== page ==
Pancake Vortex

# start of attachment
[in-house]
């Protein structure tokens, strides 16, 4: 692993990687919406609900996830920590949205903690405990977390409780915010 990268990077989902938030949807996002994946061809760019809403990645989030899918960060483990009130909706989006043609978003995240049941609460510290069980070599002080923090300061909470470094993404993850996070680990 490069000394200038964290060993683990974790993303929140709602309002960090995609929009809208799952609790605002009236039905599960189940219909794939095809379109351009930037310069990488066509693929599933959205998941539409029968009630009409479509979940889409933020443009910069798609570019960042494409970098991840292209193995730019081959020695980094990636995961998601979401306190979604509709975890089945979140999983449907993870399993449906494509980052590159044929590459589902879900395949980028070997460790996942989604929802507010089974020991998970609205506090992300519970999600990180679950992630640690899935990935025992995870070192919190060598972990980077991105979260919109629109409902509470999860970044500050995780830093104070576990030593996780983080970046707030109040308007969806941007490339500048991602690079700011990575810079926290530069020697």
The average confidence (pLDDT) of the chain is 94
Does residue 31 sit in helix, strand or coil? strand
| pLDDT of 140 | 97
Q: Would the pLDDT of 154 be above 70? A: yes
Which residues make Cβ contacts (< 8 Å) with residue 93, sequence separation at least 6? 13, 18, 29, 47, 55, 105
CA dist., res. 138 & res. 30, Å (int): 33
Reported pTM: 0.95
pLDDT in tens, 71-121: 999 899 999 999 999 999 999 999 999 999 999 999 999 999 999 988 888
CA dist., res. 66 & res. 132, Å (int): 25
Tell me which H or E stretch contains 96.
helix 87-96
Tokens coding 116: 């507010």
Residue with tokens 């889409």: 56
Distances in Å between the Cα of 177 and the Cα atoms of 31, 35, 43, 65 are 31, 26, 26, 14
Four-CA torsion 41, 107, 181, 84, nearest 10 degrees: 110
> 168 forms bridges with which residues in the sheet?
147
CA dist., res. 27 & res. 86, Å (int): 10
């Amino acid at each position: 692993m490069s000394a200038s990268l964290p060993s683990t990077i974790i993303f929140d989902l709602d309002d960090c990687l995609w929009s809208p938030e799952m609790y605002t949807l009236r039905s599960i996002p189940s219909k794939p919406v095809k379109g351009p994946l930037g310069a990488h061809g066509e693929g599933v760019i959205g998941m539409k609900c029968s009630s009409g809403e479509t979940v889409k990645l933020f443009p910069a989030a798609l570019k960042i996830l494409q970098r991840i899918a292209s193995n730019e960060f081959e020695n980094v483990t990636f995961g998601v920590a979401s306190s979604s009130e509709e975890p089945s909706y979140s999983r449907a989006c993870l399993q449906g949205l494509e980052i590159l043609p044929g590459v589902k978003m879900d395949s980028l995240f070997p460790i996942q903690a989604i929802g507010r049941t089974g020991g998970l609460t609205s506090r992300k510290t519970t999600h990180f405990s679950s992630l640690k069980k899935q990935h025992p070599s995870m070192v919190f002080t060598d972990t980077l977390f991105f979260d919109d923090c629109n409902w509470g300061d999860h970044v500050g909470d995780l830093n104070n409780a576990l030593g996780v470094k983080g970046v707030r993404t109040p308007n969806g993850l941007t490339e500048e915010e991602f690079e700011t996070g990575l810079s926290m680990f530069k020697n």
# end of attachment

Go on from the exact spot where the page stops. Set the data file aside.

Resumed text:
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In large-scale geophysical flows, rotation and density gradients often play major roles in the structures that form. Here the UCLA SPINLab demonstrates how large, essentially flat vortices–pancake vortices–form in rotating, stratified fluids. The stratification, in this case, is due to the density difference between salt water and fresh water; salt water is denser and therefore less buoyant, so it sinks toward the bottom of the tank. Note how the pancake vortex only forms when the fluid is both stratified and rotating.  If it lacks one of the two, the structures will be very different. (Video credit: O. Aubert et al./SPINLab UCLA)

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